For me, the American Dream means having the freedom to control my own destiny. Living the Dream means I have discovered my purpose in life and am free to pursue my vision of happiness, wherever that road may lead me. Although the American Dream may possibly mean different things to different people, one thing is certain:

For Latinas in America, achieving the American Dream is meaningless if they lose their Latin Soul in the process!

The soul is that part of you that seeks meaning and purpose and a connection with something greater than yourself. After all, isn’t it your connection to your faith, family and culture that nurtures your Latin soul and gives meaning to your life?

Who are you, as a Latina, without your familia, native culture and religious traditions?

Happy Hispanic Family Portrait Sitting in Grass Field with Ghosted House Figure Behind.

Who are you, as a Latina, without your familia?

And for us, family doesn’t mean just the traditional nuclear family consisted of a man, a woman and 2.3 children. No, for Latinos family means the extended family of abuelos, tíos, tías and of course primos with whom you grew up and created mischief when you were young. For Latinos, without these relationships life feels empty, void of the bonds that give meaning to our lives.

This is the challenge for Latinos in America today . . . We live in two worlds!

On the one hand, we grow up in a world where faith, family and “frijoles” are values we hold dear. On the other, we live in a society where independence, notoriety and achievement are esteemed above all else.

In the Latino world, we give a warm abrazo or beso when we say hello or goodbye, even to someone we just met. In the other world, a firm handshake or even cold shoulder is considered an appropriate salutation even when you have known someone for years.

As a Latina business professional, you face a dilemma because in our world it is considered bad manners to brag about your accomplishments, flaunt your wealth or attract attention to yourself, and yet to succeed in America today, you must often stand out from the crowd.

Yes, Latinos live in two worlds!

One reason is because our core values, the soul of Hispanic culture, revolve around our extended family. Our family is part of our identity and is included in our hopes and dreams. Success in business and life in general is meaningless for Latinos without family with whom to share our good fortune. Our family is our foundation, inspiration and a source of strength.

So what is the secret to achieving the American Dream without losing your Latin soul?

startups, small business, launching a business

Have you defined your core values?

The key is to bridge the gap between your two worlds. As a Latina living in America you are influenced by the values of two distinct cultures. In fact, it is virtually impossible to succeed in school or in the workplace without incorporating into your life at least some traditional American cultural values.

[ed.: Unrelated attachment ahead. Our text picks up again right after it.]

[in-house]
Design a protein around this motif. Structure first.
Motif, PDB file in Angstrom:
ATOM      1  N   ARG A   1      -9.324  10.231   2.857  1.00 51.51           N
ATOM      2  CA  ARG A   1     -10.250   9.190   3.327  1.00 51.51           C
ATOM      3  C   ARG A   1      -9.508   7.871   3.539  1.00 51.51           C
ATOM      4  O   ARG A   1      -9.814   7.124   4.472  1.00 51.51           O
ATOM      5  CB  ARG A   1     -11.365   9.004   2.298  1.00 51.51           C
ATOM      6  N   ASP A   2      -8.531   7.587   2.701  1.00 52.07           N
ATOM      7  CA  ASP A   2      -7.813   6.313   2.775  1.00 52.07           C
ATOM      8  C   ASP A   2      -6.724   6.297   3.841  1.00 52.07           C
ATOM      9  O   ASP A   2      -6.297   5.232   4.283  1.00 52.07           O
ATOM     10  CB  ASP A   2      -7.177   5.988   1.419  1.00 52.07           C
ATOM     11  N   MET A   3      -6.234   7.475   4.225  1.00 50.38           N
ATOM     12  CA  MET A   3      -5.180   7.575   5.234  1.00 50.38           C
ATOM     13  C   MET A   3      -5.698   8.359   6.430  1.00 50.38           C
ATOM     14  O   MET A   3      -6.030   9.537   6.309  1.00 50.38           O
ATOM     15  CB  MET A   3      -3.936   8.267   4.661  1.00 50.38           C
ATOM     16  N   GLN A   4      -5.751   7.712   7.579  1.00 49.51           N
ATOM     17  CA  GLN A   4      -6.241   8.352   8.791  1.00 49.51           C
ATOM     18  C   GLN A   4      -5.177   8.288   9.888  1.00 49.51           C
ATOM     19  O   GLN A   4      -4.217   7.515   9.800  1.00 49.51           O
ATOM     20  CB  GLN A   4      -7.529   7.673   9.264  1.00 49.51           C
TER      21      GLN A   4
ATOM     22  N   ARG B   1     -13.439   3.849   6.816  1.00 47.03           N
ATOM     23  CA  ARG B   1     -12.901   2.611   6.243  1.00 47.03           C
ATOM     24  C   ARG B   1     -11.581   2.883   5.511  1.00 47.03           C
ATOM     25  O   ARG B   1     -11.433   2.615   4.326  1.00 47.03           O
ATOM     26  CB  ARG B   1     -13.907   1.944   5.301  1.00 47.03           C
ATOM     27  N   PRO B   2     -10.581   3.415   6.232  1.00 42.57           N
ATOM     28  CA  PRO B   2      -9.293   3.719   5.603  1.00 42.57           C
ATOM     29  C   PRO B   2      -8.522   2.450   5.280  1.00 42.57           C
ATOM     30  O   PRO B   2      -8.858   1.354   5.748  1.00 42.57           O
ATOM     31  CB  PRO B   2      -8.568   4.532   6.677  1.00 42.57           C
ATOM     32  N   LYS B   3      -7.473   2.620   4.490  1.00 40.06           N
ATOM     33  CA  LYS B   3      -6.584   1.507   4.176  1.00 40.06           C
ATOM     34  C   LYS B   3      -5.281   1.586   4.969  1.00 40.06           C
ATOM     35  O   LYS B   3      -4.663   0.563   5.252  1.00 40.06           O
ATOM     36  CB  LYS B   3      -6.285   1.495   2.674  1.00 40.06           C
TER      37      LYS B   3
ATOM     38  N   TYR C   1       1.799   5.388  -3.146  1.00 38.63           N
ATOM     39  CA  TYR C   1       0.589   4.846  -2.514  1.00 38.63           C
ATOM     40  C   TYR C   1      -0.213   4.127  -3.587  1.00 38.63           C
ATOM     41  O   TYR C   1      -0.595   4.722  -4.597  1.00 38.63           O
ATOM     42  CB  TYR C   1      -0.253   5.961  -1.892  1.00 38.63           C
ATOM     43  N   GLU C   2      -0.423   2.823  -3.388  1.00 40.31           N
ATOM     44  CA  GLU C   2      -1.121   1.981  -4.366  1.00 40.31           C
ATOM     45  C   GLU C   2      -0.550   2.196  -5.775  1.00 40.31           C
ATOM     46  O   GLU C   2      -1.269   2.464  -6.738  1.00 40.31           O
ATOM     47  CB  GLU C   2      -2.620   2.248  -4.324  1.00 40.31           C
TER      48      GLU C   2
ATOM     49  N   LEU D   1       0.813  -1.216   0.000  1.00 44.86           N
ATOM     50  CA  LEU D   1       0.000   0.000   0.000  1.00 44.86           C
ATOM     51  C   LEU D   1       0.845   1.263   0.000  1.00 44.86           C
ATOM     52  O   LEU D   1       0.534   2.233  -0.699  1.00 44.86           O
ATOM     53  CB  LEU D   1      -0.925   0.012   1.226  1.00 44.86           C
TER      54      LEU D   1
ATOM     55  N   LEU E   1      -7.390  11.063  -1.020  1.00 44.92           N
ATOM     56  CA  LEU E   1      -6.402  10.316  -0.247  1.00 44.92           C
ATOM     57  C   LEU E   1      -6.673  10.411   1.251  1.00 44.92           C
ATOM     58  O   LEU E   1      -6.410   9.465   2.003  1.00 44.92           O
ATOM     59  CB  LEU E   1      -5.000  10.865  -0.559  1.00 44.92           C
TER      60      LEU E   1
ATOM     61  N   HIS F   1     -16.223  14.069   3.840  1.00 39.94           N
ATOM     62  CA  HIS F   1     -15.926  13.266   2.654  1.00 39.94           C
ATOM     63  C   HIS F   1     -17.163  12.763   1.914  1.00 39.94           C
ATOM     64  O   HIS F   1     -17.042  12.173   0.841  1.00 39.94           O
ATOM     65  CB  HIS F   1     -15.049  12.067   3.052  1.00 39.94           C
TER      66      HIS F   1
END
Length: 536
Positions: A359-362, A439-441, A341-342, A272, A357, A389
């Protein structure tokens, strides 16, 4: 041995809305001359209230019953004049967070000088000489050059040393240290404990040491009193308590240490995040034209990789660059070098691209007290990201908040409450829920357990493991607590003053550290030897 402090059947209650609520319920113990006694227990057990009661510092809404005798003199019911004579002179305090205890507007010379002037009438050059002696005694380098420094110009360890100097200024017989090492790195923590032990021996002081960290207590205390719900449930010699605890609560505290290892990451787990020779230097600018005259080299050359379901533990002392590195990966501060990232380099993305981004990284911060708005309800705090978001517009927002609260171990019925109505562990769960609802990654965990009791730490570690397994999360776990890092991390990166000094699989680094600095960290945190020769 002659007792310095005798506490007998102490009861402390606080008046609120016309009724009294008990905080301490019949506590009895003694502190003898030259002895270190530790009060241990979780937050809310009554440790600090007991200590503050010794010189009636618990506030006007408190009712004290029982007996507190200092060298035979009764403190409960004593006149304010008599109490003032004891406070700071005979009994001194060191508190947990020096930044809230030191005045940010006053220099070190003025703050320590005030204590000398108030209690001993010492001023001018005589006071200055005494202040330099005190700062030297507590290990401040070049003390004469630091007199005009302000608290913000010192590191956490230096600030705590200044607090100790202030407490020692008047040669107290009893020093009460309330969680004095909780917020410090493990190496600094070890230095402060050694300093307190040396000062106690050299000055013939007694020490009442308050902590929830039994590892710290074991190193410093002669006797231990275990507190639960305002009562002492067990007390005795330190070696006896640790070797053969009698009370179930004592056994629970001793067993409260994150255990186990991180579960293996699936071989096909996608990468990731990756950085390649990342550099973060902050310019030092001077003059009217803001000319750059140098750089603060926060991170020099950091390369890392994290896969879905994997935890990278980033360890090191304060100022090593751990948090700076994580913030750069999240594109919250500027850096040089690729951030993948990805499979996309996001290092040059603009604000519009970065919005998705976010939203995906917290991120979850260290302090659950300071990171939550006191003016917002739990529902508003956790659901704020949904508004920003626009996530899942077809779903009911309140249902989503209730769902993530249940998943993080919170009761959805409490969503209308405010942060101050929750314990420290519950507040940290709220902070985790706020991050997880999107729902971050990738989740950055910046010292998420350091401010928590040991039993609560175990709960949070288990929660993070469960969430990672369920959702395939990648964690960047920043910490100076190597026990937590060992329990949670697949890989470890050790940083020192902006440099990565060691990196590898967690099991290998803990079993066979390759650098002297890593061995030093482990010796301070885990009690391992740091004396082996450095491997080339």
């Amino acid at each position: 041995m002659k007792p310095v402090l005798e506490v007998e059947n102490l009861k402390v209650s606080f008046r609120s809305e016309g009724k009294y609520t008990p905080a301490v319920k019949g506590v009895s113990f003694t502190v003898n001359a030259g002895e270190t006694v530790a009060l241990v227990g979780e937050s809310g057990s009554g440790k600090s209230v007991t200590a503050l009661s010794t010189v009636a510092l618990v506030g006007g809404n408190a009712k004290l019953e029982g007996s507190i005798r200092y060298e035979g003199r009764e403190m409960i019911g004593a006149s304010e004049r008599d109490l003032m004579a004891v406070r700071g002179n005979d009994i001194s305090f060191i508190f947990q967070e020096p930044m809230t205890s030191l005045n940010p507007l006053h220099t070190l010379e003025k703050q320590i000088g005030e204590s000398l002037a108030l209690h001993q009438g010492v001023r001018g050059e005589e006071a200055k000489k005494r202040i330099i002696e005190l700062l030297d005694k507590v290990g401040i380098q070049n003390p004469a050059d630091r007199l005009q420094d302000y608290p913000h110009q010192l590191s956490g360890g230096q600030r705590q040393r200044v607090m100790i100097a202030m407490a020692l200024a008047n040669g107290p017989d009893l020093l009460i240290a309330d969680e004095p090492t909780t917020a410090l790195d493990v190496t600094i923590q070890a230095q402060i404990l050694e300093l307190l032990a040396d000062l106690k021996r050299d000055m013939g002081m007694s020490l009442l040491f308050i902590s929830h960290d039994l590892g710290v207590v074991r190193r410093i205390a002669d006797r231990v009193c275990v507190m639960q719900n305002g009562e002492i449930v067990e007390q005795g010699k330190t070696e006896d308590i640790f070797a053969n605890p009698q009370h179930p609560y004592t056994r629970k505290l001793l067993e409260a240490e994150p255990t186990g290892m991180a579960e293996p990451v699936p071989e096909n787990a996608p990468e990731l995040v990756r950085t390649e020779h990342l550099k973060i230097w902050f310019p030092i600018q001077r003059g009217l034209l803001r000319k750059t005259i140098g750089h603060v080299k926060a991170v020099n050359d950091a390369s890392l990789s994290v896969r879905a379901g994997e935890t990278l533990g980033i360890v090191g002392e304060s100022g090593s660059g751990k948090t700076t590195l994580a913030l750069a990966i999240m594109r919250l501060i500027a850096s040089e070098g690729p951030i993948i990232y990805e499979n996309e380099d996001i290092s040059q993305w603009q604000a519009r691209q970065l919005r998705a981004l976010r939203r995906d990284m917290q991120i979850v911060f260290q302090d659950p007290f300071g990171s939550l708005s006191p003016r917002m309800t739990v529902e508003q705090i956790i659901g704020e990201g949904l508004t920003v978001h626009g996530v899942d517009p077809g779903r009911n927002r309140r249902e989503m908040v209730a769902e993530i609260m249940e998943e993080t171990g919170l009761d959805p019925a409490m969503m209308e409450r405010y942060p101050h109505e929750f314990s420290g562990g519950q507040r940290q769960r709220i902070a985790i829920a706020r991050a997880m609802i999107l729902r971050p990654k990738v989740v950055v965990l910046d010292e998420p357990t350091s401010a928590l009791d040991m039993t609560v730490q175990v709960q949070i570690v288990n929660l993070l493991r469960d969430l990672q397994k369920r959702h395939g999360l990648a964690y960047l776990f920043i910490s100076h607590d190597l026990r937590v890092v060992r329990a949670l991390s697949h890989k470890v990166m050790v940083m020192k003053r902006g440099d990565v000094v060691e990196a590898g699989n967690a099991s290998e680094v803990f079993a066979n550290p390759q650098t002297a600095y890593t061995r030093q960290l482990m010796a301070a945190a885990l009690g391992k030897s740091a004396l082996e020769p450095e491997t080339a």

The way to bridge the gap between worlds is to orient your life around your core values. Core values are the essence of who you are at the deepest level of your being. Core values are things that give your life meaning and purpose. Core values are what you find meaningful, like beauty, justice and family, when all your needs are met.

Have you defined your core values?

In my coaching practice, I always make sure my clients clearly define their core values before they set any business or career goals. The reason being too many business professionals, Latinas included, chase after success with the erroneous assumption that success will make them happy. It does not!

You may be able to achieve success without living your core values, but you may also find that the ladder of success you worked so hard to climb was leaning against the wrong wall. True and sustainable success, in business and life, is a consequence of living according to your core values and sharing your natural gifts and talents with the world. By bridging the gap between your two worlds you can achieve the American Dream without losing your Latin soul!

 

YOUR VALUES are the behaviors and activities to which you are naturally drawn.  Values are who you really are and they include: … Creating, … Contributing, … Adventure, … Beauty, … Teaching and… Spirituality.

Don Daniel offers a free 40-minute coaching session to those who would like to start working on his Tru Values™ Program: this program helps you to understand values, discern your top 4 values and puts you on a path to honoring them. Sign up now! Only 3 free sessions offered!

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Daniel Ortiz Daniel Ortiz (Don Daniel) is an award-winning author and host of the popular TV show “American Dream – Latin Souls,” which shares the inspiring story of Hispanic business success. To learn more or purchase his book visit www.LatinoSuccess.com.